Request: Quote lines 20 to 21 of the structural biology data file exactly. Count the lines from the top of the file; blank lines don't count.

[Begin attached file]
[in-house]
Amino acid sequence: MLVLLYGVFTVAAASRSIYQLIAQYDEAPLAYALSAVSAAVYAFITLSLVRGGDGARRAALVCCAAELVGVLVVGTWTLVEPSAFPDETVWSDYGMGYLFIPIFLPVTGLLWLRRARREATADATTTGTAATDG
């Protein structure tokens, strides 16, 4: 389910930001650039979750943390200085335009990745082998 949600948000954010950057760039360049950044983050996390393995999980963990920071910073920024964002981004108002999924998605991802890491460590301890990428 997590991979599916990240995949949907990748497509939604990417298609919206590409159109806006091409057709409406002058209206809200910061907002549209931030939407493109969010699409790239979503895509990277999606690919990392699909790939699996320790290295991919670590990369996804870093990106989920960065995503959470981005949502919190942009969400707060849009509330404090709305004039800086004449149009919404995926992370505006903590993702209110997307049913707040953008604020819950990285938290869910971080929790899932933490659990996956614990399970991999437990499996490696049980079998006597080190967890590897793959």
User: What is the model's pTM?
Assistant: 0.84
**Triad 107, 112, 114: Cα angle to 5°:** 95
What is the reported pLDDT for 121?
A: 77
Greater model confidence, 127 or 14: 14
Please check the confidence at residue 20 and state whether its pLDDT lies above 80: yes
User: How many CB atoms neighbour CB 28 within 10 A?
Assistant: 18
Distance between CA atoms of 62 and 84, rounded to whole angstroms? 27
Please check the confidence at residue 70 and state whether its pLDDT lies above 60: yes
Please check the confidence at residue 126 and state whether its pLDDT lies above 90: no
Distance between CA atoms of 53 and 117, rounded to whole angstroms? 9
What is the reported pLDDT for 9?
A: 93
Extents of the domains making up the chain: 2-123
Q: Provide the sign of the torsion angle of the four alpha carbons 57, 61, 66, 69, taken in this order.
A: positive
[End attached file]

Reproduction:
Q: Provide the sign of the torsion angle of the four alpha carbons 57, 61, 66, 69, taken in this order.
A: positive